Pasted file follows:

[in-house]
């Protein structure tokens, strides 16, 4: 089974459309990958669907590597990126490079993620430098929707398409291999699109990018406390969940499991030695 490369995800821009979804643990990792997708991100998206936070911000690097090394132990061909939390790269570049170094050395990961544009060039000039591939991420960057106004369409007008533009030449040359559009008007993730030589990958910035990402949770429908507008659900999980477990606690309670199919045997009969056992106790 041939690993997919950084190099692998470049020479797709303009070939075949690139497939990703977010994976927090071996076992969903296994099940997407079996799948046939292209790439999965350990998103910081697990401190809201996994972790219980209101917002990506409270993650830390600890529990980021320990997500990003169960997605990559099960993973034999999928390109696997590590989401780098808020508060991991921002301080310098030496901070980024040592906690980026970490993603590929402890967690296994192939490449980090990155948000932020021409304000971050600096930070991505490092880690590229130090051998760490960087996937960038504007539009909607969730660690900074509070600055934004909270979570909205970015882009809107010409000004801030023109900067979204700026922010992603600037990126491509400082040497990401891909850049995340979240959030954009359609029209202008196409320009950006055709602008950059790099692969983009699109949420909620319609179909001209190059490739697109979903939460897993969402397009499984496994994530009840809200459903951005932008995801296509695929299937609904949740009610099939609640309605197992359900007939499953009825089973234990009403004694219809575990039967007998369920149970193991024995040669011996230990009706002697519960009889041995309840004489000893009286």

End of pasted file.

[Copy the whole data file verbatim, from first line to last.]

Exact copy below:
[in-house]
């Protein structure tokens, strides 16, 4: 089974459309990958669907590597990126490079993620430098929707398409291999699109990018406390969940499991030695 490369995800821009979804643990990792997708991100998206936070911000690097090394132990061909939390790269570049170094050395990961544009060039000039591939991420960057106004369409007008533009030449040359559009008007993730030589990958910035990402949770429908507008659900999980477990606690309670199919045997009969056992106790 041939690993997919950084190099692998470049020479797709303009070939075949690139497939990703977010994976927090071996076992969903296994099940997407079996799948046939292209790439999965350990998103910081697990401190809201996994972790219980209101917002990506409270993650830390600890529990980021320990997500990003169960997605990559099960993973034999999928390109696997590590989401780098808020508060991991921002301080310098030496901070980024040592906690980026970490993603590929402890967690296994192939490449980090990155948000932020021409304000971050600096930070991505490092880690590229130090051998760490960087996937960038504007539009909607969730660690900074509070600055934004909270979570909205970015882009809107010409000004801030023109900067979204700026922010992603600037990126491509400082040497990401891909850049995340979240959030954009359609029209202008196409320009950006055709602008950059790099692969983009699109949420909620319609179909001209190059490739697109979903939460897993969402397009499984496994994530009840809200459903951005932008995801296509695929299937609904949740009610099939609640309605197992359900007939499953009825089973234990009403004694219809575990039967007998369920149970193991024995040669011996230990009706002697519960009889041995309840004489000893009286």